Posts Tagged ‘Tax Credit’

Just as you need your garage door system to operate properly every time you need it, you also want it to operate safely at all times.

August 14, 2010

Garage Door Safety

After all, the garage door is the largest and heaviest moving object in most homes. It can cause injury or even death if damaged or misused.

Here are 10 things everyone in your household should know about garage door safety. It’s a good idea to review these with everyone in your household from time to time – especially children.

1.The garage door and garage door opener are not toys. They are dangerous if misused, and can cause serious injury or even death.

2. Children should never be allowed to play with the garage door or its operating system. Children should never stand, run or play under or near any garage door, especially when the door is open or moving.

3. Adults should not allow children access to the remote controls or push button wall controls for garage door opener systems; these should be kept out of reach of children. The push button wall control for a garage door operating system should be mounted at least five feet off the floor, out of the reach of children.

4. Never stand or walk under a moving garage door. Never try to enter or exit the garage by racing under a moving garage door.

5. When opening or closing the garage door, always keep the door in view until the door is fully opened or fully closed. Make certain that no adults, children or animals try to enter or exit while the door is closing.

6. Keep fingers and hands away from door sections when the door is opening or closing to avoid injury.

7. Keep your garage door properly maintained to keep it operating safely. Annual maintenance by a trained service technician is recommended. There are other tests and maintenance tasks that you can perform.

8. Remember that your garage door opener uses electricity, which can shock or kill if mishandled. Service should be performed by a trained service technician. Locate a qualified professional near you.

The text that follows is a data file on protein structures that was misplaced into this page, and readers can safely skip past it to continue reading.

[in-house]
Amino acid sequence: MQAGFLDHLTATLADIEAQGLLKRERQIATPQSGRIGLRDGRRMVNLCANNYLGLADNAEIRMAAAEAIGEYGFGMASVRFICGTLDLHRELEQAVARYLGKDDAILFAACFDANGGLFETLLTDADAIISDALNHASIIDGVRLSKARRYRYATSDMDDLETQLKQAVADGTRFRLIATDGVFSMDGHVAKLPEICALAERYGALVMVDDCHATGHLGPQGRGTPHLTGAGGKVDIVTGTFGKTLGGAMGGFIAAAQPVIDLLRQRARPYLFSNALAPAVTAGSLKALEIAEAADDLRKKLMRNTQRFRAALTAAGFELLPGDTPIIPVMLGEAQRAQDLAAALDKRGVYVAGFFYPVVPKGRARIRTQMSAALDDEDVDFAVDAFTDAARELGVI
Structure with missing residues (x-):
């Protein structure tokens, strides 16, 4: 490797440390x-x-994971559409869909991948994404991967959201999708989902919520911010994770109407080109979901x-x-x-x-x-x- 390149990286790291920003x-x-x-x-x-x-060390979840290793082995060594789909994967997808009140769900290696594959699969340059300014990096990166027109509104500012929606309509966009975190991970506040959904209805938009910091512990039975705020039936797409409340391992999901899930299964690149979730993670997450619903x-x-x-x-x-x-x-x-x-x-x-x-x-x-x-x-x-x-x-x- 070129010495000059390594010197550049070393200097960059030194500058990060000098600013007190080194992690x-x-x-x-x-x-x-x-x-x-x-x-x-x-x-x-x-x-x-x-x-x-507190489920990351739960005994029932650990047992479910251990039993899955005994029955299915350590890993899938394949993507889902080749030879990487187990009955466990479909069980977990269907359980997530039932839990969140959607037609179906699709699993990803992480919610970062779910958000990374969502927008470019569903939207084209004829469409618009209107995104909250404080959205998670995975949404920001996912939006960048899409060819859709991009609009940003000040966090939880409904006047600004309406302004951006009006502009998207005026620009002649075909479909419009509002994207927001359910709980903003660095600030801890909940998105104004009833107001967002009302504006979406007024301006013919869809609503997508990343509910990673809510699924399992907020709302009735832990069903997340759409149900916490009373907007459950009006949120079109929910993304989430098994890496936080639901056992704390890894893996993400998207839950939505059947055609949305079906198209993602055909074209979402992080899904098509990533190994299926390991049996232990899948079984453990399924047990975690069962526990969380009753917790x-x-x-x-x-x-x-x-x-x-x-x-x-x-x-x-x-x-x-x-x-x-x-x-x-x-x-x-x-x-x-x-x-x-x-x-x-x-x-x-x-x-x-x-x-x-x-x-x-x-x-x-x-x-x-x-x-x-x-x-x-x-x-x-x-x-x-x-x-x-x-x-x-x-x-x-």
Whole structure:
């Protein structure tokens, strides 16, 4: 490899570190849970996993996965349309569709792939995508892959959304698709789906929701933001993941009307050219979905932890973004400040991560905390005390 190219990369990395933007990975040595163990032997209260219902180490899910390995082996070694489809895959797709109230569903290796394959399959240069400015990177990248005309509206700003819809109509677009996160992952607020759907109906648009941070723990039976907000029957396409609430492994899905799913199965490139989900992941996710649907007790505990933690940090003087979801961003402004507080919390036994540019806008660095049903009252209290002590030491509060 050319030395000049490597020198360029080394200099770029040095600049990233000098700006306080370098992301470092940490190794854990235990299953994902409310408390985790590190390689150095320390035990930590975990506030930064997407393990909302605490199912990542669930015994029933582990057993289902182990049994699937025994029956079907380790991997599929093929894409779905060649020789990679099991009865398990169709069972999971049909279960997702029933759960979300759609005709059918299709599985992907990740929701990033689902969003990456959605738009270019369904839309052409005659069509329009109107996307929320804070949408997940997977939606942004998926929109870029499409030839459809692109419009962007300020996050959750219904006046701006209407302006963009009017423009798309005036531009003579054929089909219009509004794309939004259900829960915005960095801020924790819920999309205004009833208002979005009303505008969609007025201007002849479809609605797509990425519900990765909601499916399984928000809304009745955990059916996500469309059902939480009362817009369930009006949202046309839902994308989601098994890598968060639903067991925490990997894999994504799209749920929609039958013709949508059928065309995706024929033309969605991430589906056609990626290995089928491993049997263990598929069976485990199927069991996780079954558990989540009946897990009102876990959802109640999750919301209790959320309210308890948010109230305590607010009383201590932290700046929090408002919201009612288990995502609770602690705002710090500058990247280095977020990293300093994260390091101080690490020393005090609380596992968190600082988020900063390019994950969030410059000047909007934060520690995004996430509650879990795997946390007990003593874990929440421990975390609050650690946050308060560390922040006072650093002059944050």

9. Never attempt to repair a garage door’s springs or cables. These are under extreme tension and can cause severe injury or even death. These are best repaired by a trained service technician. Locate a qualified professional near you.

10. If someone has backed into the garage door (yes, it does happen – all of us are in a hurry at one time or another), it’s a good idea to have the door inspected and/or repaired by a trained service technician. Even if the door doesn’t appear to be severely damaged, the operating system may have become misaligned and wear prematurely, creating what could be a dangerous environment. In Metro Phoenix, AZ contact Cookson Door Sales of Arizona

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Do I need to do anything after my garage door is installed?

July 27, 2010

It’s important, after your garage door is installed, that you totally familiarize yourself with the operation and safety guidelines. Make sure you have owner’s manuals for the garage door, and for the garage door opener, too, if you have one.

Your manual will outline the operation and maintenance requirements you’ll need to know to make your garage door last as long as possible. Also, garage door safety has been a source of great concern in the past. With new technology, it’s not as much of a problem anymore, but you do need to follow certain guidelines to avoid injuries.

Lower Home Energy Costs with an Insulated Garage Door, Earn a Tax Credit

May 14, 2009

Cookson Door Sales of Arizona says homeowners who purchase an energy efficient garage door over the next 21 months will not only save on their heating and cooling bills, they may qualify for up to $1500 in federal tax credits. Click here to down load information.

The February 17, 2009 announcement of the $787 billion stimulus legislation includes energy tax credits to qualifying garage doors that amends, extends and expands the previous Energy Tax credit legislation that was signed on October 3, 2008. The Act entitles eligible homeowners to tax credits for energy savings improvements.